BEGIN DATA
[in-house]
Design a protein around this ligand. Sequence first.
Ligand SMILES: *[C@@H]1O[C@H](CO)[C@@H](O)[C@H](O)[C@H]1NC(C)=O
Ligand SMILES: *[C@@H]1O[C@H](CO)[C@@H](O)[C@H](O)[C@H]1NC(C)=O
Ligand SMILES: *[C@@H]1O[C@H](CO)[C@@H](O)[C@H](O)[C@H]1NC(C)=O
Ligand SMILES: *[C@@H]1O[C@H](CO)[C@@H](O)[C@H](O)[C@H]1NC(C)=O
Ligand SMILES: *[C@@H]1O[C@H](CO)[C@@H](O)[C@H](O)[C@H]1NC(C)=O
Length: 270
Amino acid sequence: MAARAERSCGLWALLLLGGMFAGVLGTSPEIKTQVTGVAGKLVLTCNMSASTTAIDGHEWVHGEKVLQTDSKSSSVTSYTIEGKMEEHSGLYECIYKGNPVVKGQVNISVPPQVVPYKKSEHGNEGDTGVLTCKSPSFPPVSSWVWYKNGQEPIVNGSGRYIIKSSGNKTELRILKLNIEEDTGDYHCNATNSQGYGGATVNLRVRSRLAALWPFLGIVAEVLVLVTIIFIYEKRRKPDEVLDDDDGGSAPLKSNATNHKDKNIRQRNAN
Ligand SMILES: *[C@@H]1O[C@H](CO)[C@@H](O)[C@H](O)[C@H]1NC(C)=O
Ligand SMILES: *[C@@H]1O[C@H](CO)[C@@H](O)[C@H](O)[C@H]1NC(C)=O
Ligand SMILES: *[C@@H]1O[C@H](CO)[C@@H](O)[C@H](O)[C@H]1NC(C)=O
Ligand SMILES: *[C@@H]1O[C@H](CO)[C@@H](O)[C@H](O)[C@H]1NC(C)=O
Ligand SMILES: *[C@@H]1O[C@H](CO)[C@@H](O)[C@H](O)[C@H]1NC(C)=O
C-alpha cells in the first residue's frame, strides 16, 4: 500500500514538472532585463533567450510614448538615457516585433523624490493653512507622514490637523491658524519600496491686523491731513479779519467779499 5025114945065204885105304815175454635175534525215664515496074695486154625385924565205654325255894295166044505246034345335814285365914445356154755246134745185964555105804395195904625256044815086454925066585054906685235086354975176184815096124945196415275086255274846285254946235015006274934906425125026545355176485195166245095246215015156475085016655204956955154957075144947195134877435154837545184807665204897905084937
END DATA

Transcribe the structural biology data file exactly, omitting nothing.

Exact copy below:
[in-house]
Design a protein around this ligand. Sequence first.
Ligand SMILES: *[C@@H]1O[C@H](CO)[C@@H](O)[C@H](O)[C@H]1NC(C)=O
Ligand SMILES: *[C@@H]1O[C@H](CO)[C@@H](O)[C@H](O)[C@H]1NC(C)=O
Ligand SMILES: *[C@@H]1O[C@H](CO)[C@@H](O)[C@H](O)[C@H]1NC(C)=O
Ligand SMILES: *[C@@H]1O[C@H](CO)[C@@H](O)[C@H](O)[C@H]1NC(C)=O
Ligand SMILES: *[C@@H]1O[C@H](CO)[C@@H](O)[C@H](O)[C@H]1NC(C)=O
Length: 270
Amino acid sequence: MAARAERSCGLWALLLLGGMFAGVLGTSPEIKTQVTGVAGKLVLTCNMSASTTAIDGHEWVHGEKVLQTDSKSSSVTSYTIEGKMEEHSGLYECIYKGNPVVKGQVNISVPPQVVPYKKSEHGNEGDTGVLTCKSPSFPPVSSWVWYKNGQEPIVNGSGRYIIKSSGNKTELRILKLNIEEDTGDYHCNATNSQGYGGATVNLRVRSRLAALWPFLGIVAEVLVLVTIIFIYEKRRKPDEVLDDDDGGSAPLKSNATNHKDKNIRQRNAN
Ligand SMILES: *[C@@H]1O[C@H](CO)[C@@H](O)[C@H](O)[C@H]1NC(C)=O
Ligand SMILES: *[C@@H]1O[C@H](CO)[C@@H](O)[C@H](O)[C@H]1NC(C)=O
Ligand SMILES: *[C@@H]1O[C@H](CO)[C@@H](O)[C@H](O)[C@H]1NC(C)=O
Ligand SMILES: *[C@@H]1O[C@H](CO)[C@@H](O)[C@H](O)[C@H]1NC(C)=O
Ligand SMILES: *[C@@H]1O[C@H](CO)[C@@H](O)[C@H](O)[C@H]1NC(C)=O
C-alpha cells in the first residue's frame, strides 16, 4: 500500500514538472532585463533567450510614448538615457516585433523624490493653512507622514490637523491658524519600496491686523491731513479779519467779499 5025114945065204885105304815175454635175534525215664515496074695486154625385924565205654325255894295166044505246034345335814285365914445356154755246134745185964555105804395195904625256044815086454925066585054906685235086354975176184815096124945196415275086255274846285254946235015006274934906425125026545355176485195166245095246215015156475085016655204956955154957075144947195134877435154837545184807665204897905084937